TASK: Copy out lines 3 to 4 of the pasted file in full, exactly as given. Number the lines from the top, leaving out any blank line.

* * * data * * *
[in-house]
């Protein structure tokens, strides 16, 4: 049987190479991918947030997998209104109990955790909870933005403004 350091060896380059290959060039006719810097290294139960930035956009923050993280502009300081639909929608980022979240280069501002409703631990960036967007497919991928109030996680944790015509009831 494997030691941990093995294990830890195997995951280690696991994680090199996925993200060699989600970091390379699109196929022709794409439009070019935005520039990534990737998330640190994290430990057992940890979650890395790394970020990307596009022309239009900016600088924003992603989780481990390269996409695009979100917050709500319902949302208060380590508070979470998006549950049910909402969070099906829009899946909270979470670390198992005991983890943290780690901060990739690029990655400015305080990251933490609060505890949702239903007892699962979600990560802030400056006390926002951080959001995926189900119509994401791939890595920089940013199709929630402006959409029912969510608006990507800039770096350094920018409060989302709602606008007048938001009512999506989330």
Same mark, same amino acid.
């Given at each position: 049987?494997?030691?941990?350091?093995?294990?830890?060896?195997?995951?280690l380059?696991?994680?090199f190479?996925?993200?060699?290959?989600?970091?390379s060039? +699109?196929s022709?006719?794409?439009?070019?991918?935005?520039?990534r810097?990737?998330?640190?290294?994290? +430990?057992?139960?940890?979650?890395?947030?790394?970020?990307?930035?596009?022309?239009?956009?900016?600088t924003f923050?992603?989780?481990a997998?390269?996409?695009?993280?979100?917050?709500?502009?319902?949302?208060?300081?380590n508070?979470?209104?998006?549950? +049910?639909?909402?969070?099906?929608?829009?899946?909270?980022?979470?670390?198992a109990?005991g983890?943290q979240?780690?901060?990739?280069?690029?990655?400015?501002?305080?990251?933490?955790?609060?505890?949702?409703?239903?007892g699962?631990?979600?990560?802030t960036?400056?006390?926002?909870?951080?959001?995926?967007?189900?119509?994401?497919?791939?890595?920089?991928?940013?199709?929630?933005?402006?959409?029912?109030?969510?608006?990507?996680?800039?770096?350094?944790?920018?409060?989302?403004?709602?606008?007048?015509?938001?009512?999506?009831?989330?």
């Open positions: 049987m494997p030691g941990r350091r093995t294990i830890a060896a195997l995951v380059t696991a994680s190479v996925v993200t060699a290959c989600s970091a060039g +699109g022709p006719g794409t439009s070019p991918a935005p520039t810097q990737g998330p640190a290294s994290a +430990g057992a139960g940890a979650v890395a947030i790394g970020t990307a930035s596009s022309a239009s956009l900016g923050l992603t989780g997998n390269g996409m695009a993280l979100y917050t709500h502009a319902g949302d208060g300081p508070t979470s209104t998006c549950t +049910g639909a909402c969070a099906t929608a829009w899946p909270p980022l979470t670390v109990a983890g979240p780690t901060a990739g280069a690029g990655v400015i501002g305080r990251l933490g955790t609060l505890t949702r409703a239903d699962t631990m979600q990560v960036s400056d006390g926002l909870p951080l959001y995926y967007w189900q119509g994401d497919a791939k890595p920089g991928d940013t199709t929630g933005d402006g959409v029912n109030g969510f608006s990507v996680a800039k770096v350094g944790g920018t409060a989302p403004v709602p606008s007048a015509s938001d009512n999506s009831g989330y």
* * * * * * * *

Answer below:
Same mark, same amino acid.
């Given at each position: 049987?494997?030691?941990?350091?093995?294990?830890?060896?195997?995951?280690l380059?696991?994680?090199f190479?996925?993200?060699?290959?989600?970091?390379s060039? +699109?196929s022709?006719?794409?439009?070019?991918?935005?520039?990534r810097?990737?998330?640190?290294?994290? +430990?057992?139960?940890?979650?890395?947030?790394?970020?990307?930035?596009?022309?239009?956009?900016?600088t924003f923050?992603?989780?481990a997998?390269?996409?695009?993280?979100?917050?709500?502009?319902?949302?208060?300081?380590n508070?979470?209104?998006?549950? +049910?639909?909402?969070?099906?929608?829009?899946?909270?980022?979470?670390?198992a109990?005991g983890?943290q979240?780690?901060?990739?280069?690029?990655?400015?501002?305080?990251?933490?955790?609060?505890?949702?409703?239903?007892g699962?631990?979600?990560?802030t960036?400056?006390?926002?909870?951080?959001?995926?967007?189900?119509?994401?497919?791939?890595?920089?991928?940013?199709?929630?933005?402006?959409?029912?109030?969510?608006?990507?996680?800039?770096?350094?944790?920018?409060?989302?403004?709602?606008?007048?015509?938001?009512?999506?009831?989330?």